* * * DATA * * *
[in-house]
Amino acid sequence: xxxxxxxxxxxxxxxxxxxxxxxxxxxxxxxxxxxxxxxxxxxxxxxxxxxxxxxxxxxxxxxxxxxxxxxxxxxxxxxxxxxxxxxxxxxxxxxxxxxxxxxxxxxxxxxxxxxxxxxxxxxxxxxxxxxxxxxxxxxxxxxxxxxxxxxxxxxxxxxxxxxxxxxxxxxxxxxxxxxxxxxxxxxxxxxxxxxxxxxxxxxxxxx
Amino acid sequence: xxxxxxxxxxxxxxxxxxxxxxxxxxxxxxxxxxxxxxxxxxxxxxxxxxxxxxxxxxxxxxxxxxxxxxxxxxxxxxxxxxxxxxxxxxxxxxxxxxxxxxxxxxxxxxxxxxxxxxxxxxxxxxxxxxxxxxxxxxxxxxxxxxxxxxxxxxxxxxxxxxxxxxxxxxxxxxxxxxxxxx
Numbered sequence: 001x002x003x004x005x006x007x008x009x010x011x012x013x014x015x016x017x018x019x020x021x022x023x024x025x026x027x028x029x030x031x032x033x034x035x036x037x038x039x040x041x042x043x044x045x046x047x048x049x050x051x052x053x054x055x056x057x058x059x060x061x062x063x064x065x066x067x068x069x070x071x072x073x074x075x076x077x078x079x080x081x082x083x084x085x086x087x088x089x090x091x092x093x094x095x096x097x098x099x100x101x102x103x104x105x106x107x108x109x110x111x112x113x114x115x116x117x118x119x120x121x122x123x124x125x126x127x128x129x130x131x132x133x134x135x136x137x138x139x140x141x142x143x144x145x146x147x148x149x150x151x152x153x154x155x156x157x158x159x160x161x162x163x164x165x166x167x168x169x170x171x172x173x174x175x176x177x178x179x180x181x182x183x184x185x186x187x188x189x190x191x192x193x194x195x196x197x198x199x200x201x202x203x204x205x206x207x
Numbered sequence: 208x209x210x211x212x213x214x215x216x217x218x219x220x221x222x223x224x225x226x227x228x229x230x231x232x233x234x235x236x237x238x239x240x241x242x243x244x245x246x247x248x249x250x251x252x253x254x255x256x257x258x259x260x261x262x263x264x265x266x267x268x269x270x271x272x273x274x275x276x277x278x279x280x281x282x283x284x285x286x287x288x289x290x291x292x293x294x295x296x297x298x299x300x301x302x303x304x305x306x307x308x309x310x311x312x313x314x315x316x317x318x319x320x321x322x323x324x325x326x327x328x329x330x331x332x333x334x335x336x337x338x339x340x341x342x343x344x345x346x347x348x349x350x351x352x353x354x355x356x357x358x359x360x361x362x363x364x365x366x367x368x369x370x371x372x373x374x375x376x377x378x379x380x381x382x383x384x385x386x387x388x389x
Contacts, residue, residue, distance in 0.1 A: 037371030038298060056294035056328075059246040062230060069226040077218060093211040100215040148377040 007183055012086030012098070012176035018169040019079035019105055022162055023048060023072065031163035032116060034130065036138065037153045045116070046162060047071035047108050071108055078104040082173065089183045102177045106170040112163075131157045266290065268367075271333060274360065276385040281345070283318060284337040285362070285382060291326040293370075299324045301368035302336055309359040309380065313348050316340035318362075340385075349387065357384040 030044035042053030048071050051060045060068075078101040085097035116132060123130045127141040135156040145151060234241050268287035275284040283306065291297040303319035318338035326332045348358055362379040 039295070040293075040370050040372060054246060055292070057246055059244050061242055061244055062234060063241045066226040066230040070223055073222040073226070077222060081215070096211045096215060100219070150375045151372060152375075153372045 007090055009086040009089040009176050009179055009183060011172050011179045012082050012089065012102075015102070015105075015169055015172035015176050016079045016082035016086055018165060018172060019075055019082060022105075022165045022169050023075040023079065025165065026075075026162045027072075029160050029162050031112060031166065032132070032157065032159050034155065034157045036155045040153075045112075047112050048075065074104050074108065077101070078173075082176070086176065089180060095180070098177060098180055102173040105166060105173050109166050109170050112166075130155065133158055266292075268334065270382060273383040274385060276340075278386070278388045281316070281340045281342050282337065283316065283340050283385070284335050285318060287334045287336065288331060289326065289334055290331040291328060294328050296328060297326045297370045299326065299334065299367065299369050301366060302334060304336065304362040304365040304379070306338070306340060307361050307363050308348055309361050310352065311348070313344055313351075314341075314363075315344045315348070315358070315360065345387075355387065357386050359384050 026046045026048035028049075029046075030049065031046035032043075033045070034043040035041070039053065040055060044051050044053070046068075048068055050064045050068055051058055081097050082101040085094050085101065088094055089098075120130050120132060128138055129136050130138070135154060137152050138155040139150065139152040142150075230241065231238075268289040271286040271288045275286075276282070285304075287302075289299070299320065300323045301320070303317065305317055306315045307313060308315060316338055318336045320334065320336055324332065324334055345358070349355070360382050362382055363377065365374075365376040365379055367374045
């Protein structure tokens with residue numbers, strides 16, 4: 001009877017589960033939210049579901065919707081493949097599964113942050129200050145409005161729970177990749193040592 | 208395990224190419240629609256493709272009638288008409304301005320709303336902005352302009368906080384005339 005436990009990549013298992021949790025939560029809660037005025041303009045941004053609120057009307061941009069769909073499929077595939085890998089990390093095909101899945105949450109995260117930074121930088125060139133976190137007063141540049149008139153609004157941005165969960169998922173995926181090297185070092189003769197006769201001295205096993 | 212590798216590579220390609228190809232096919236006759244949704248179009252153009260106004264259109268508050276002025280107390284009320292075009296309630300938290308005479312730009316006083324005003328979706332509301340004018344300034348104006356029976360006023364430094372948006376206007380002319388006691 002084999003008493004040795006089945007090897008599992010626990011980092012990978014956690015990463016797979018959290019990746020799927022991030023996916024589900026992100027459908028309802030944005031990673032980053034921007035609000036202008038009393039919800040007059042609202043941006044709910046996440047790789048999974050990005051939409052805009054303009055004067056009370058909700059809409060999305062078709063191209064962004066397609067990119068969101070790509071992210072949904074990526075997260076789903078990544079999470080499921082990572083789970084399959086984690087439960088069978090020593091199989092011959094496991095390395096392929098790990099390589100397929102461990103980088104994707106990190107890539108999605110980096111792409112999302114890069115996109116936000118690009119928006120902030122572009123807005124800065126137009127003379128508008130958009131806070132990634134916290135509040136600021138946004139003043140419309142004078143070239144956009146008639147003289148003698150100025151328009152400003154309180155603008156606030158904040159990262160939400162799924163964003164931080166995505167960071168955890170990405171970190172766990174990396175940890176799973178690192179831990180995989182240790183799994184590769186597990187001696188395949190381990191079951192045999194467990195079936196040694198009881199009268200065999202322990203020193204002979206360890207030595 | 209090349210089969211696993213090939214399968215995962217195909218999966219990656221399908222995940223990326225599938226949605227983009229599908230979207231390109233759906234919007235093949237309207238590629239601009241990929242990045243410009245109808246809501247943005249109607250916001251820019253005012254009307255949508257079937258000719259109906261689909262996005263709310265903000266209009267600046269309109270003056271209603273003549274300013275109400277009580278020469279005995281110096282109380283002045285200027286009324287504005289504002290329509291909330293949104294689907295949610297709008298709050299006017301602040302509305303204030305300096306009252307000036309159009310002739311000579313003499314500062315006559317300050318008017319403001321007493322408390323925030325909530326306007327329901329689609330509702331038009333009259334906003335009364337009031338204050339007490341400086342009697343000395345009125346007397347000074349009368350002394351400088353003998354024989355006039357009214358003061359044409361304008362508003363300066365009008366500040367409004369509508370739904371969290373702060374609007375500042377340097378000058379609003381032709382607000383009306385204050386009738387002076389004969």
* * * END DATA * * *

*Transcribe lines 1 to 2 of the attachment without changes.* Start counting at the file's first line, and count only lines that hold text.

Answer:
[in-house]
Amino acid sequence: xxxxxxxxxxxxxxxxxxxxxxxxxxxxxxxxxxxxxxxxxxxxxxxxxxxxxxxxxxxxxxxxxxxxxxxxxxxxxxxxxxxxxxxxxxxxxxxxxxxxxxxxxxxxxxxxxxxxxxxxxxxxxxxxxxxxxxxxxxxxxxxxxxxxxxxxxxxxxxxxxxxxxxxxxxxxxxxxxxxxxxxxxxxxxxxxxxxxxxxxxxxxxxx